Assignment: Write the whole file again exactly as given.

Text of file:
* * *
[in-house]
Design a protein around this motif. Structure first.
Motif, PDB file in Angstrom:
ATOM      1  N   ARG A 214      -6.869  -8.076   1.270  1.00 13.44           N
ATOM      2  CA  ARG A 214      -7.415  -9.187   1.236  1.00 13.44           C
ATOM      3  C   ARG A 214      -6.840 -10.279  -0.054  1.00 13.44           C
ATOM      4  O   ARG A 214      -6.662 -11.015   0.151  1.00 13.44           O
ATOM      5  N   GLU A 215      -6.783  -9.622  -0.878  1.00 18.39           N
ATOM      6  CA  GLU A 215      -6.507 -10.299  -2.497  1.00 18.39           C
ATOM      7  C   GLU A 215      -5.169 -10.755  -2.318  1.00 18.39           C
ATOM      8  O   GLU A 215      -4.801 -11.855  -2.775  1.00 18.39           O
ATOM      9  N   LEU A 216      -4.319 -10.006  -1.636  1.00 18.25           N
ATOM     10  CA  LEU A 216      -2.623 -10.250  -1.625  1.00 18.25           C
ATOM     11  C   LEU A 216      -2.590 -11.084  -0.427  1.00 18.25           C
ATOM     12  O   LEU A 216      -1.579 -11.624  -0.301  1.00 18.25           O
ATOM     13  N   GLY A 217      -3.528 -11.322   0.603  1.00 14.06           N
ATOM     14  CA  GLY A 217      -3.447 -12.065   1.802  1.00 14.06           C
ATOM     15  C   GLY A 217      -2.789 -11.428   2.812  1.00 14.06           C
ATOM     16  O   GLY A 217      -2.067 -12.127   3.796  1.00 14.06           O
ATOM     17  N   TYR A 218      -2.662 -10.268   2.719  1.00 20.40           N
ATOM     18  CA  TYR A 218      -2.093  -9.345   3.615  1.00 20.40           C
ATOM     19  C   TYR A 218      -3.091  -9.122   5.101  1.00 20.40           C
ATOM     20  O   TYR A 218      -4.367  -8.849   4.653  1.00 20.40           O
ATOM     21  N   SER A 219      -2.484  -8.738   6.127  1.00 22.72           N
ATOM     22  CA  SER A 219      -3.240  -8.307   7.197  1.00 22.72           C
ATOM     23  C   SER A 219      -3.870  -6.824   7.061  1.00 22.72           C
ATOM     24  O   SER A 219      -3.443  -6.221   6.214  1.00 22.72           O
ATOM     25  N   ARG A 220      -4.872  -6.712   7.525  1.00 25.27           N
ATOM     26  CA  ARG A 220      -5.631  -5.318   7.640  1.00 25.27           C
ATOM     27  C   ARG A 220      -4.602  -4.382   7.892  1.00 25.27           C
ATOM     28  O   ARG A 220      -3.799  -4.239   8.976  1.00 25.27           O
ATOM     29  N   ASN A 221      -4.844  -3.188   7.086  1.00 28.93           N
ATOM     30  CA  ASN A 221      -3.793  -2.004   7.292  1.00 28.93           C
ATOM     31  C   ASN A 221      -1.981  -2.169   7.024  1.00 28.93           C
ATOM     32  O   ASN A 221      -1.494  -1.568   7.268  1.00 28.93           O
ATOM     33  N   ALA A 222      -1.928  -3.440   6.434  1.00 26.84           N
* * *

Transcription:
[in-house]
Design a protein around this motif. Structure first.
Motif, PDB file in Angstrom:
ATOM      1  N   ARG A 214      -6.869  -8.076   1.270  1.00 13.44           N
ATOM      2  CA  ARG A 214      -7.415  -9.187   1.236  1.00 13.44           C
ATOM      3  C   ARG A 214      -6.840 -10.279  -0.054  1.00 13.44           C
ATOM      4  O   ARG A 214      -6.662 -11.015   0.151  1.00 13.44           O
ATOM      5  N   GLU A 215      -6.783  -9.622  -0.878  1.00 18.39           N
ATOM      6  CA  GLU A 215      -6.507 -10.299  -2.497  1.00 18.39           C
ATOM      7  C   GLU A 215      -5.169 -10.755  -2.318  1.00 18.39           C
ATOM      8  O   GLU A 215      -4.801 -11.855  -2.775  1.00 18.39           O
ATOM      9  N   LEU A 216      -4.319 -10.006  -1.636  1.00 18.25           N
ATOM     10  CA  LEU A 216      -2.623 -10.250  -1.625  1.00 18.25           C
ATOM     11  C   LEU A 216      -2.590 -11.084  -0.427  1.00 18.25           C
ATOM     12  O   LEU A 216      -1.579 -11.624  -0.301  1.00 18.25           O
ATOM     13  N   GLY A 217      -3.528 -11.322   0.603  1.00 14.06           N
ATOM     14  CA  GLY A 217      -3.447 -12.065   1.802  1.00 14.06           C
ATOM     15  C   GLY A 217      -2.789 -11.428   2.812  1.00 14.06           C
ATOM     16  O   GLY A 217      -2.067 -12.127   3.796  1.00 14.06           O
ATOM     17  N   TYR A 218      -2.662 -10.268   2.719  1.00 20.40           N
ATOM     18  CA  TYR A 218      -2.093  -9.345   3.615  1.00 20.40           C
ATOM     19  C   TYR A 218      -3.091  -9.122   5.101  1.00 20.40           C
ATOM     20  O   TYR A 218      -4.367  -8.849   4.653  1.00 20.40           O
ATOM     21  N   SER A 219      -2.484  -8.738   6.127  1.00 22.72           N
ATOM     22  CA  SER A 219      -3.240  -8.307   7.197  1.00 22.72           C
ATOM     23  C   SER A 219      -3.870  -6.824   7.061  1.00 22.72           C
ATOM     24  O   SER A 219      -3.443  -6.221   6.214  1.00 22.72           O
ATOM     25  N   ARG A 220      -4.872  -6.712   7.525  1.00 25.27           N
ATOM     26  CA  ARG A 220      -5.631  -5.318   7.640  1.00 25.27           C
ATOM     27  C   ARG A 220      -4.602  -4.382   7.892  1.00 25.27           C
ATOM     28  O   ARG A 220      -3.799  -4.239   8.976  1.00 25.27           O
ATOM     29  N   ASN A 221      -4.844  -3.188   7.086  1.00 28.93           N
ATOM     30  CA  ASN A 221      -3.793  -2.004   7.292  1.00 28.93           C
ATOM     31  C   ASN A 221      -1.981  -2.169   7.024  1.00 28.93           C
ATOM     32  O   ASN A 221      -1.494  -1.568   7.268  1.00 28.93           O
ATOM     33  N   ALA A 222      -1.928  -3.440   6.434  1.00 26.84           N